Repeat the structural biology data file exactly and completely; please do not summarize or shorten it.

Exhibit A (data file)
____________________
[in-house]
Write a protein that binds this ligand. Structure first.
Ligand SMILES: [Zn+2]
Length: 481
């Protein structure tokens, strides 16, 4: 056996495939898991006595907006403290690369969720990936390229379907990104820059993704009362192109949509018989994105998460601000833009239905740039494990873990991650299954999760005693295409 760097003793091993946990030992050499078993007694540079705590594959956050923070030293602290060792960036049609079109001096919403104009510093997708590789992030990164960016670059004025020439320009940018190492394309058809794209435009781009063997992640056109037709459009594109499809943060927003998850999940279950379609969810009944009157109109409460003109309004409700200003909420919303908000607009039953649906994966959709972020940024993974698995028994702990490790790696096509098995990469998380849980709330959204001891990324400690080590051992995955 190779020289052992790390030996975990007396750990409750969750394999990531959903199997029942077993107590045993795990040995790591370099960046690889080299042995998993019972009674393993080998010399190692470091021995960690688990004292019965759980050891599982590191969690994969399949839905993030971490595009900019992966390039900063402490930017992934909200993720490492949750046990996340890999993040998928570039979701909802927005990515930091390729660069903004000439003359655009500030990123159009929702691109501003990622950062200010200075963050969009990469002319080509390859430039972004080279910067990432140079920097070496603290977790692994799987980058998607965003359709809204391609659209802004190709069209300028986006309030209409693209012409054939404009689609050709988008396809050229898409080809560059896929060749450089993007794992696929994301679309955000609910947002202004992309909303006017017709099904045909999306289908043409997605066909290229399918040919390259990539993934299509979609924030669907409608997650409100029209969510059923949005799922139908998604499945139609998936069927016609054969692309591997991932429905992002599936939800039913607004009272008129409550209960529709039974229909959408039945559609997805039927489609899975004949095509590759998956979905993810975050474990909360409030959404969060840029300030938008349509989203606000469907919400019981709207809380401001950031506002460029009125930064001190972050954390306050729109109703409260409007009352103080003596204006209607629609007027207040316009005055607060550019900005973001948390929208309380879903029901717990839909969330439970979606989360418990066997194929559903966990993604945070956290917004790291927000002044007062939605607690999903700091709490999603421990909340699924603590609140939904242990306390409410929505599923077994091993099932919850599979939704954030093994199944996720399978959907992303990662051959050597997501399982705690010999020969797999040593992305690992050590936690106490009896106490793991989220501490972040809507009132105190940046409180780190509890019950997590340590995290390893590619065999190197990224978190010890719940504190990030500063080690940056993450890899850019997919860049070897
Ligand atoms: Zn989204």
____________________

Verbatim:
[in-house]
Write a protein that binds this ligand. Structure first.
Ligand SMILES: [Zn+2]
Length: 481
């Protein structure tokens, strides 16, 4: 056996495939898991006595907006403290690369969720990936390229379907990104820059993704009362192109949509018989994105998460601000833009239905740039494990873990991650299954999760005693295409 760097003793091993946990030992050499078993007694540079705590594959956050923070030293602290060792960036049609079109001096919403104009510093997708590789992030990164960016670059004025020439320009940018190492394309058809794209435009781009063997992640056109037709459009594109499809943060927003998850999940279950379609969810009944009157109109409460003109309004409700200003909420919303908000607009039953649906994966959709972020940024993974698995028994702990490790790696096509098995990469998380849980709330959204001891990324400690080590051992995955 190779020289052992790390030996975990007396750990409750969750394999990531959903199997029942077993107590045993795990040995790591370099960046690889080299042995998993019972009674393993080998010399190692470091021995960690688990004292019965759980050891599982590191969690994969399949839905993030971490595009900019992966390039900063402490930017992934909200993720490492949750046990996340890999993040998928570039979701909802927005990515930091390729660069903004000439003359655009500030990123159009929702691109501003990622950062200010200075963050969009990469002319080509390859430039972004080279910067990432140079920097070496603290977790692994799987980058998607965003359709809204391609659209802004190709069209300028986006309030209409693209012409054939404009689609050709988008396809050229898409080809560059896929060749450089993007794992696929994301679309955000609910947002202004992309909303006017017709099904045909999306289908043409997605066909290229399918040919390259990539993934299509979609924030669907409608997650409100029209969510059923949005799922139908998604499945139609998936069927016609054969692309591997991932429905992002599936939800039913607004009272008129409550209960529709039974229909959408039945559609997805039927489609899975004949095509590759998956979905993810975050474990909360409030959404969060840029300030938008349509989203606000469907919400019981709207809380401001950031506002460029009125930064001190972050954390306050729109109703409260409007009352103080003596204006209607629609007027207040316009005055607060550019900005973001948390929208309380879903029901717990839909969330439970979606989360418990066997194929559903966990993604945070956290917004790291927000002044007062939605607690999903700091709490999603421990909340699924603590609140939904242990306390409410929505599923077994091993099932919850599979939704954030093994199944996720399978959907992303990662051959050597997501399982705690010999020969797999040593992305690992050590936690106490009896106490793991989220501490972040809507009132105190940046409180780190509890019950997590340590995290390893590619065999190197990224978190010890719940504190990030500063080690940056993450890899850019997919860049070897
Ligand atoms: Zn989204």